• Pinks

            I struggle with this all the time. My mom and grandmother seem to think my hair isn’t done unless it’s straight. Nevermind I could’ve spent a full two hours washing, conditioning and bantu-knotting – I should just “comb” my “good” hair more often and I’d be fine.

          • At least no one ever said to you that you would “make some nice babies” just by looking at your hair and skin color

            • MzzPeaches

              Actually, I had a color struck fool tell me I was good wife material cause I was the “right” color brown (not too dark) and even though my hair was natural it was “curly enough” to be acceptable.

              • cakes_and_pies

                I witnessed someone say “Redbones make good babies, but not good wives.”

                • MzzPeaches

                  Huh?! Our people, I tell ya…

              • LeeLee

                Wow. Just wow…….I hope this was a long time ago. That brothas are more ‘enlightened’ now, no pun intended. But I fear this might have been recent :(

      • cancergirl08

        I hear you. I’ve been on the receiving end of it myself.

      • When I was growing up in the U.S. before I moved to Nigeria, I had no conception about what it meant to be Nigerian or even African. I saw myself as black, and I was conscious of that at least at the age of 6, and I made sure my vast majority of white classmates knew that. For a 6 year old kid, I saw the essence of not proving your blackness, categorized you as a Carlton Banks.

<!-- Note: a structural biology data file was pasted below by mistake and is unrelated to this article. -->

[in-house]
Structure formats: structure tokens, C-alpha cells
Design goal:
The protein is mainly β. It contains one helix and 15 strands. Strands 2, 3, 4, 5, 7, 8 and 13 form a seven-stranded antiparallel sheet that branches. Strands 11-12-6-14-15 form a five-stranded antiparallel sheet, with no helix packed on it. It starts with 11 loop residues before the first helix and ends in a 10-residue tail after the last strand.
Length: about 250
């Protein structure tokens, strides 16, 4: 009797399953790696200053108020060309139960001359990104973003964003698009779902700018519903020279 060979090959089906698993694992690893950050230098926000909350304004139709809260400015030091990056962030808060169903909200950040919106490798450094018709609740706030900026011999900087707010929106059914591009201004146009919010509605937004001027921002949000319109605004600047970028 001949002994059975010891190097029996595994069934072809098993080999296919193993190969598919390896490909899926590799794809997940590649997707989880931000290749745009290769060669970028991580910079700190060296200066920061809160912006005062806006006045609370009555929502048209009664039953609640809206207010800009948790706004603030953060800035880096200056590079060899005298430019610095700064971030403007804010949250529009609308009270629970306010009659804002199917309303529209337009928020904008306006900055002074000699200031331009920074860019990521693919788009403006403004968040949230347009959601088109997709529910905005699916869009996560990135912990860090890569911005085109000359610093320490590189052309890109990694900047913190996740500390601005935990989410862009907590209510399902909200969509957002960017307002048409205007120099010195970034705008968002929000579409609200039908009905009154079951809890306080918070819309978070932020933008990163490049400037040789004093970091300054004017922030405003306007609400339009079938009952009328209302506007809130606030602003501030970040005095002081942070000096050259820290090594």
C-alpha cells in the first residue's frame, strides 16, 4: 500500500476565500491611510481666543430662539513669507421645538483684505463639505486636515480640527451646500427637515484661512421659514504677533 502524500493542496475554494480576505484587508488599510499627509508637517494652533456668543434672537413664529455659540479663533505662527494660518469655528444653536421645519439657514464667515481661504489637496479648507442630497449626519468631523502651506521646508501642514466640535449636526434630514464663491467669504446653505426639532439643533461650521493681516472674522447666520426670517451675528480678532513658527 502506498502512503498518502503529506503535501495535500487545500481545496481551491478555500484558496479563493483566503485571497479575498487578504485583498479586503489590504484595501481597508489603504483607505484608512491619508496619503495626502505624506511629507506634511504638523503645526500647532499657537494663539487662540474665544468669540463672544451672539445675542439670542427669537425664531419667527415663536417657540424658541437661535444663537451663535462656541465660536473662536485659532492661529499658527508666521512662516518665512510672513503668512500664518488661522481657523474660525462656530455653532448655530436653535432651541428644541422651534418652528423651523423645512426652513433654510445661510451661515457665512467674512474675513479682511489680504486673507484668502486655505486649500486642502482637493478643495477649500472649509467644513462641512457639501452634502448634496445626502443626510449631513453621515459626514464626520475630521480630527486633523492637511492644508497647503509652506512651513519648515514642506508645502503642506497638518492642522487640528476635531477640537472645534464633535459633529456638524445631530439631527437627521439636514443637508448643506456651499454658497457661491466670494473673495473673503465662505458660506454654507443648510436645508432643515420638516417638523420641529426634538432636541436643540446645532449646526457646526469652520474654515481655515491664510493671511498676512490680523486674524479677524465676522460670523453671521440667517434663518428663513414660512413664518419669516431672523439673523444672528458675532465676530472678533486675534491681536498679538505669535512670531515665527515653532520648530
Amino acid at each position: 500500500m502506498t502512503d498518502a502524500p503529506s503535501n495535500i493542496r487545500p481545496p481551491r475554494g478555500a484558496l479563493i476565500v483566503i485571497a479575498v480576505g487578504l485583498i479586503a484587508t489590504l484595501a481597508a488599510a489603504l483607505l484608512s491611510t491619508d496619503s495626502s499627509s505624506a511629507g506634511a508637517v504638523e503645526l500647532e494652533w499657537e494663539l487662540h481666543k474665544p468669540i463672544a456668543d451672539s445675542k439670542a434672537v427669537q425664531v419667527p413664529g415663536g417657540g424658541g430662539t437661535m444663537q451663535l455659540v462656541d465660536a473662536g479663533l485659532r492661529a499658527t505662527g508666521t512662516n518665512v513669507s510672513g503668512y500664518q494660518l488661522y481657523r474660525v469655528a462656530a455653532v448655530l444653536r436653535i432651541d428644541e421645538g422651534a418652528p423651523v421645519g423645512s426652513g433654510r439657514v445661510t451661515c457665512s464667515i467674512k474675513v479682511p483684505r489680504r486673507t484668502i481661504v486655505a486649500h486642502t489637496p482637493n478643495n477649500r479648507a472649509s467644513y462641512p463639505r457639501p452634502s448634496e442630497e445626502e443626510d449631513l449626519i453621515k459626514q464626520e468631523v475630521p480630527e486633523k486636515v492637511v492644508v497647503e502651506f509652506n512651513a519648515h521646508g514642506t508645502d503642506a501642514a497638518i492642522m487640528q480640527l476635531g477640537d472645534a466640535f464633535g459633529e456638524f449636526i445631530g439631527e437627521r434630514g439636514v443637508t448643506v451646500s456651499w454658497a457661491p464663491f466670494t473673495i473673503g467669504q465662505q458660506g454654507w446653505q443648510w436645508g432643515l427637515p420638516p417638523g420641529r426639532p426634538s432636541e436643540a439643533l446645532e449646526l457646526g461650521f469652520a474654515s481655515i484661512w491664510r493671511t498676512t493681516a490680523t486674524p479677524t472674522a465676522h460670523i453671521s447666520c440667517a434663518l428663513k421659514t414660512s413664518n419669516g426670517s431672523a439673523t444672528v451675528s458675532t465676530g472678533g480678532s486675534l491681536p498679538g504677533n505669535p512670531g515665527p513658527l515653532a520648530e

I moved to Nigeria at 8, and from then on till the rest of my life, I never felt the need to prove any my identity ever again. I was a human and my identity was set in stone. I had a past, a unique family history, but all it told me was, “this is what you can build on.” I read books by Shakespeare and books by Wole Soyinka, and saw I could be either one, if I wanted to and was willing to put in the work to arrive at that.

        This is one of the reasons why I never vibed with the Afrocentrics I met in college after returning: the Moor-ians and the Egyptians. I could tell their investment into these civilizations was based on escapism and not actual history, since the vast majority of the slaves came from West Africa. No, Egypt was the black response to Greek Civilization and Moors were the black response to the Roman Civilization. They were using history as a reaction.